Drawing up a deal for a succession plan can be tedious and time consuming for advisors, but necessary. It is best to keep the deal as simple as possible without added clauses. Advisors should focus strictly on assets and draft a deal that is realistic for both sides.

As a cautionary tale, consider what happened to a 62-year-old retiring advisor. He agreed to introduce his clients slowly to his successor, who was younger and dedicated but much less experienced. The two already worked together and had a comfortable relationship. Unfortunately, the retiring advisor passed away soon after the deal, leaving the successor scrambling to meet all the new clients. When the markets went south, she lost many of the clients, and the revenue stream dropped by half.

The plan had involved making fixed monthly payments for six years, retaining the retiring advisor's office space and keeping the advisor's spouse as an employee with health benefits for a handicapped son. When business fell, the successor and the surviving spouse renegotiated lower monthly payments, but in the end the successor could no longer afford those payments or to keep employing the wife and paying health insurance.

In this case, the buying advisor never should have taken on the burden of supporting the selling advisor's family. The selling advisor should have considered other options for funding his family's healthcare needs, such as additional life insurance. While a heartfelt gesture, the buyer's commitment was not a good business decision. In the end, the practice dwindled by 75%, and the deceased advisor's spouse had to use up her savings and rely on Medicare.



After spending so much time finding a successor and creating a deal, it can seem inviting to put off thinking about the details of the transition. Unfortunately this can create more work later and allow clients to fall through the cracks, hurting both the seller and the buyer.

Communication is key. Before a buyer acquires a business, he or she should discuss with clients, broker-dealers and other employees what changes will need to take place. Skipping or putting off logistics and communication can derail the transition.

For example, a group of advisors bought a book of RIA clients promising that no changes would be made to their accounts. They planned to meet with all the clients within the first three months of the transition. Although they were able to meet face-to-face with almost all the clients, they chose not to do the paperwork for the transition until at least the second client meeting, to make sure the clients were happy with the new relationship.

After 90 days, the broker-dealer stopped passing through the compensation related to the acquired accounts because of the missing paperwork. This suddenly put a crunch on the business to get the paperwork signed. The cash flow from the acquired book of business was being used to pay for the practice, but with less revenue, the buyers needed to tap their own reserves. A mad frenzy ensued to get clients to complete and return the required documentation, which made the office look disorganized. Several key accounts left.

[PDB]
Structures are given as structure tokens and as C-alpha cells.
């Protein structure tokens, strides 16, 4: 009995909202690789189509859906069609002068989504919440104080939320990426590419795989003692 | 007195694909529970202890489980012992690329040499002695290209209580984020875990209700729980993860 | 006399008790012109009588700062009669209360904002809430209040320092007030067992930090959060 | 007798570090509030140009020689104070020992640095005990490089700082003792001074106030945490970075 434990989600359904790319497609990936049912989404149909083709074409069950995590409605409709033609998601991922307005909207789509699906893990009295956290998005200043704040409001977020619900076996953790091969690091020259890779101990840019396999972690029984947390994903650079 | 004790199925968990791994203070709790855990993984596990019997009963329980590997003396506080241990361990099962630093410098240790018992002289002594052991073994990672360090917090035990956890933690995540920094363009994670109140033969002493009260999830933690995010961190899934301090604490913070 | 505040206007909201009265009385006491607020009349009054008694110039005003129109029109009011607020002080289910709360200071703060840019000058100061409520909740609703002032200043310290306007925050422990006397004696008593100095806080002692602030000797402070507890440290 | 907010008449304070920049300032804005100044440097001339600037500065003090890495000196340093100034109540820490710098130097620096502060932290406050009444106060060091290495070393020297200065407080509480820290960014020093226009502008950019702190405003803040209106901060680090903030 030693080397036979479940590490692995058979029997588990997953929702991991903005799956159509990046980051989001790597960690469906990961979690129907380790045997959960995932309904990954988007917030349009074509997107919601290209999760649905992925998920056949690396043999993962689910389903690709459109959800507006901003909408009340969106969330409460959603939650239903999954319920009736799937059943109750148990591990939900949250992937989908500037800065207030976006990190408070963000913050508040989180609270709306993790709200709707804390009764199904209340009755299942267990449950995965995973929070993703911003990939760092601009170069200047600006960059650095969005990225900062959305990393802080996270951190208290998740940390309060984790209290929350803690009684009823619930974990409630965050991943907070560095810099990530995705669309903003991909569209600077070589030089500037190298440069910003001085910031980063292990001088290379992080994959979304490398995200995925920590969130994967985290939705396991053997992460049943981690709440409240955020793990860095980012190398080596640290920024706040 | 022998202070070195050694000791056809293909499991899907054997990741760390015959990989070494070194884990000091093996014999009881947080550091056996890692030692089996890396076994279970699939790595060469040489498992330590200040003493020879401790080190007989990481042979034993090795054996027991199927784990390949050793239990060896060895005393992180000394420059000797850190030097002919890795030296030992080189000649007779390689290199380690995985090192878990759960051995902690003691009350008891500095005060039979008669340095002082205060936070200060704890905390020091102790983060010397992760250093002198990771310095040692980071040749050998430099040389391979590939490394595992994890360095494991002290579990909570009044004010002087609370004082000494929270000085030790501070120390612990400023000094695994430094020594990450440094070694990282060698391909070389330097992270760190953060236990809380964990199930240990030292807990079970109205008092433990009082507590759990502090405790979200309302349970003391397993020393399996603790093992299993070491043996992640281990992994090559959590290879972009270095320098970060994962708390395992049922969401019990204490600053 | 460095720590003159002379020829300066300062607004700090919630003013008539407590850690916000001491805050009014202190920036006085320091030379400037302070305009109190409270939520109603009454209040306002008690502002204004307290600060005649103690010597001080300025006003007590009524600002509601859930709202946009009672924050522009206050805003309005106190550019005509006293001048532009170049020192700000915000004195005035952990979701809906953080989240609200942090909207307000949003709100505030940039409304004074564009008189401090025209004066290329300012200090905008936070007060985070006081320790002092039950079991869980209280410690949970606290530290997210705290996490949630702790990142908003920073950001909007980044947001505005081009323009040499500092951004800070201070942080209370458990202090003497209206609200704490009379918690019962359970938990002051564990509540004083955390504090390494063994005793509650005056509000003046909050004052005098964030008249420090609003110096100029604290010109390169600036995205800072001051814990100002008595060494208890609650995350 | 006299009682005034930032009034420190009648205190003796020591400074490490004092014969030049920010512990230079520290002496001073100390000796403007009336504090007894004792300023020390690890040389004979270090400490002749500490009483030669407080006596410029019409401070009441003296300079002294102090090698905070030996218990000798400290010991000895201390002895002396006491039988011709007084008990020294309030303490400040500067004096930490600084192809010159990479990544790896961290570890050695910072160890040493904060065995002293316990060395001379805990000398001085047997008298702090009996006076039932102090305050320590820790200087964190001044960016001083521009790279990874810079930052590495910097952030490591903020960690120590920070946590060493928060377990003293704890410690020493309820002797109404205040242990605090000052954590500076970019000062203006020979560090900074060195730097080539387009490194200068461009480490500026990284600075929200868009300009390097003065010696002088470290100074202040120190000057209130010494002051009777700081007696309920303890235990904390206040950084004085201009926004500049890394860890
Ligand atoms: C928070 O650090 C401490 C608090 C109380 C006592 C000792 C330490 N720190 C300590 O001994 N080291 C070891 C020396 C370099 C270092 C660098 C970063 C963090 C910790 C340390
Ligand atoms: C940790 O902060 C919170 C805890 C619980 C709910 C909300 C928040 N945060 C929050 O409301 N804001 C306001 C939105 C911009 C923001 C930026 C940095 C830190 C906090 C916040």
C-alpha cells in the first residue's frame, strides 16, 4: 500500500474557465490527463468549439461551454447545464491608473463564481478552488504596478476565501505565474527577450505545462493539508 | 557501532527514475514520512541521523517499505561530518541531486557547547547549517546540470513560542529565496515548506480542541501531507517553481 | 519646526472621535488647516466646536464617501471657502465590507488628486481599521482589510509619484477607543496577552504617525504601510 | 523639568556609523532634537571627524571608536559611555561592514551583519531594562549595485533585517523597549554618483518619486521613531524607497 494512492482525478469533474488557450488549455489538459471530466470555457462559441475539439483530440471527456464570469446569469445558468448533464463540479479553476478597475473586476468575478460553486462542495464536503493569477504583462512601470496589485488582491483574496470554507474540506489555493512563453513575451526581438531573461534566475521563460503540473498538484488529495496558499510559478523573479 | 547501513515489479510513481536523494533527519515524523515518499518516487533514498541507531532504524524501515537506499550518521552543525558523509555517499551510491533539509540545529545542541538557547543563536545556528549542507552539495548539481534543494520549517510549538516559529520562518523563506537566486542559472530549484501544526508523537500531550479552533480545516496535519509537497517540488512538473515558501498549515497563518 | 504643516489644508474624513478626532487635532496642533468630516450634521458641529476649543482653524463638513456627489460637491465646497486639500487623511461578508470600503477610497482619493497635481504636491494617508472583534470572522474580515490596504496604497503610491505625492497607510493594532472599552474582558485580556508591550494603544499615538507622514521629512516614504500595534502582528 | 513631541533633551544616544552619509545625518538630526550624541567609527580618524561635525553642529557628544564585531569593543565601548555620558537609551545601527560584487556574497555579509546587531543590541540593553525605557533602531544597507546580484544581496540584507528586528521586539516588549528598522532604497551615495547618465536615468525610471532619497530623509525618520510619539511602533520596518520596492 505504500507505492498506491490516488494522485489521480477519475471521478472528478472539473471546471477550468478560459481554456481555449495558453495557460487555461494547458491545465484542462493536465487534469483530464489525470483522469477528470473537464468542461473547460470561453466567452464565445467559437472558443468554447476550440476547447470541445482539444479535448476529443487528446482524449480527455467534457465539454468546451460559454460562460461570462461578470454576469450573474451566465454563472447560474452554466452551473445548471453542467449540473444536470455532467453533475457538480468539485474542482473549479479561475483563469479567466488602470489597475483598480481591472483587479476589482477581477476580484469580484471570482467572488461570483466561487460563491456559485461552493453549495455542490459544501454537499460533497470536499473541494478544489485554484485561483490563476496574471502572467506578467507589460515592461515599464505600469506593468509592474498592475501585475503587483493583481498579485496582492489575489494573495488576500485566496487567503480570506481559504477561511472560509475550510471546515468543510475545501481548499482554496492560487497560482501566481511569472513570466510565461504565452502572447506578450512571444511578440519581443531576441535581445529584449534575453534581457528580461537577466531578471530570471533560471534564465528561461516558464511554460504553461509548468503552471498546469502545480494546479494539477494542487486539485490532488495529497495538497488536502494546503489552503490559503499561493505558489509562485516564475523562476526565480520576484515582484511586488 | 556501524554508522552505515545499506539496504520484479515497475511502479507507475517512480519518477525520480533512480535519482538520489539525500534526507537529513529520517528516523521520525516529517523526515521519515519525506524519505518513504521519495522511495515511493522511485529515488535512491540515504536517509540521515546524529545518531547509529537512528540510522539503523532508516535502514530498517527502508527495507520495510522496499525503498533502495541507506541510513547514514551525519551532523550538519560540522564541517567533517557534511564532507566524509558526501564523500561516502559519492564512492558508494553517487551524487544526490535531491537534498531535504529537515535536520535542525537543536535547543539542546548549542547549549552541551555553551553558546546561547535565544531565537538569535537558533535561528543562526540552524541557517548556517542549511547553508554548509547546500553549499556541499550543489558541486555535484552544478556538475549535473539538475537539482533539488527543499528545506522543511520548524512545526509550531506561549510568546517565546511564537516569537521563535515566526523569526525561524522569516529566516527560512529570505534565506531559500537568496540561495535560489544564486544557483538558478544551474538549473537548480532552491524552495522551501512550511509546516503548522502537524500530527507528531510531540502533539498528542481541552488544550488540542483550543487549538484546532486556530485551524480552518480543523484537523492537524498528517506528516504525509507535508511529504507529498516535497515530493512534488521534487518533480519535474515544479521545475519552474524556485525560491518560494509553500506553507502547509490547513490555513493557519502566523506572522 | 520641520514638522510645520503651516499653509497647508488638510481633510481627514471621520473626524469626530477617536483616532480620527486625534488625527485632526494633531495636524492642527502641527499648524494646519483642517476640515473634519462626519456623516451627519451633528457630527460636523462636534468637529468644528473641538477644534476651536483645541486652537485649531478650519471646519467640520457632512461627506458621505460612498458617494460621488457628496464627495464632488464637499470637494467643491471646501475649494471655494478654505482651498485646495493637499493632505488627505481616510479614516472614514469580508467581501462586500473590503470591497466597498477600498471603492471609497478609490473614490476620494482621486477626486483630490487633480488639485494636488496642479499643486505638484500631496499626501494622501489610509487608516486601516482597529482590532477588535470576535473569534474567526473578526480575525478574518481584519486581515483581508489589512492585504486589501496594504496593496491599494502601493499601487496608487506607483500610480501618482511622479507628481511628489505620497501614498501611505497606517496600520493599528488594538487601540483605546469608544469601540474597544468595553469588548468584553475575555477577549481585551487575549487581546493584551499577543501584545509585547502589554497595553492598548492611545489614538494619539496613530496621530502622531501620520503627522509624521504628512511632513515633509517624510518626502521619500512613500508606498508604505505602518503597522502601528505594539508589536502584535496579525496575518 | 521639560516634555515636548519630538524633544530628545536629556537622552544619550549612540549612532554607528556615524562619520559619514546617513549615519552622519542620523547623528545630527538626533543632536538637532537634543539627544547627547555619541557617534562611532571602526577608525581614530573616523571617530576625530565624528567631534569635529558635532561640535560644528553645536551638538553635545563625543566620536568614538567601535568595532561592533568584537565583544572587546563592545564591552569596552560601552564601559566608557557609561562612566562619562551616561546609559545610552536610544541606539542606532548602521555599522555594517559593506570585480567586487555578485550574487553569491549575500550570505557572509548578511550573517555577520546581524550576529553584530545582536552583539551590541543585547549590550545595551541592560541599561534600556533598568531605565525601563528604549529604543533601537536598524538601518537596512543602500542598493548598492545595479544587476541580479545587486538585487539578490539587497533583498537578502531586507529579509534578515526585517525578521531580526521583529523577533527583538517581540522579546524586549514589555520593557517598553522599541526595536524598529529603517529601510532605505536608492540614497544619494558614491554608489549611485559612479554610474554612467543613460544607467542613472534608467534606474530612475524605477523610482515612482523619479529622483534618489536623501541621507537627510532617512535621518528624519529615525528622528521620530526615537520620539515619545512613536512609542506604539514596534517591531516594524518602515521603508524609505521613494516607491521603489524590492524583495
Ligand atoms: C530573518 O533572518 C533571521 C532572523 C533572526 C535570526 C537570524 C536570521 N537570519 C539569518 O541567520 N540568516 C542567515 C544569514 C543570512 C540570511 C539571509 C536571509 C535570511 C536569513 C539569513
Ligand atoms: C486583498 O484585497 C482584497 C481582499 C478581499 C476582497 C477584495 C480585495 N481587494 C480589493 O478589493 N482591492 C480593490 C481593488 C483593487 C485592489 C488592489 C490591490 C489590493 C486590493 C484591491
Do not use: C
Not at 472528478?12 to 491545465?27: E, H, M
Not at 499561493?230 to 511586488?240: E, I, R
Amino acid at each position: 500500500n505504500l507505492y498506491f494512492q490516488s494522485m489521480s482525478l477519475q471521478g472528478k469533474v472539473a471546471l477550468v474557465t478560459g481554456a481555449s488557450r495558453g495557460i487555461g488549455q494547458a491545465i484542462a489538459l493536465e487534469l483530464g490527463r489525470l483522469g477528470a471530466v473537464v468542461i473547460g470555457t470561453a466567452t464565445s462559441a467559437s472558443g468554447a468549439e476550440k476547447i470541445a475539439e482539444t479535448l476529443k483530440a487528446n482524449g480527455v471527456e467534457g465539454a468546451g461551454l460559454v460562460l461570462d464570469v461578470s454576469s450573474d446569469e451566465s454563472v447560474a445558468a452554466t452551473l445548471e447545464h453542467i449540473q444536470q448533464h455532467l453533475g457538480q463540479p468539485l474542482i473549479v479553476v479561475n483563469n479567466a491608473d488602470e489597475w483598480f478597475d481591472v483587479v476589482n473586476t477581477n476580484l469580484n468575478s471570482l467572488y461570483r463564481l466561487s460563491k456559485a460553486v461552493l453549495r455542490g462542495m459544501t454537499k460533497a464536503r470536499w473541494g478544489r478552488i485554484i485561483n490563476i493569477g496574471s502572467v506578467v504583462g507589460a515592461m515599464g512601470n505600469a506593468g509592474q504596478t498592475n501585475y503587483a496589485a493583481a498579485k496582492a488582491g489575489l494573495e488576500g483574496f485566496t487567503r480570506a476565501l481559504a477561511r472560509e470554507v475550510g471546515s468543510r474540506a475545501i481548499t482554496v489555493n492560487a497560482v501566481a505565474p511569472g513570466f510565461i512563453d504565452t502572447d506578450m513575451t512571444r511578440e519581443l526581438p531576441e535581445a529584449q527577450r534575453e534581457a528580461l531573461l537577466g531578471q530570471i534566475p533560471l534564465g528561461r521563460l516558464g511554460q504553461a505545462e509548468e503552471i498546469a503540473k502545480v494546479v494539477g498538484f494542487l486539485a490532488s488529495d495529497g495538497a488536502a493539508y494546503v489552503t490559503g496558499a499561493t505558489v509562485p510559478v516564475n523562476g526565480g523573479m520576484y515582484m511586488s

Better organization and communication makes for a much more successful transition. In another case, an advisory office created a client communication and transition plan, clarified the requirements with the clients up front, created a special toll-free hotline for the newly acquired clients and opened a temporary location close to where the bulk of the clients lived.

The buying advisor quickly divided the new business between himself and his son, a junior advisor in the firm, and hired a trusted prior employee to man the hotline. The cost was included in the original calculations, and the deal provided a look-back period to adjust the sale price after one year to hedge against client loss.

The end result was that almost all of the clients stayed. Enough additional revenue was also generated so that the buyers were able to pay off the deal in about half the expected time.

By making the time now to create a contingency, succession or exit plan, mapping out all the details and conducting thorough due diligence to find a successor, advisors can smooth the way so that their businesses flourish in the hands of the next generation or new owners. Taking care now will give you and your family peace of mind as retirement approaches.


Roger Verboon, senior practice management consultant at Securities America in La Vista, Neb., helps advisors improve the efficiency and profitability of their practices with a focus on planning, staffing and client feedback.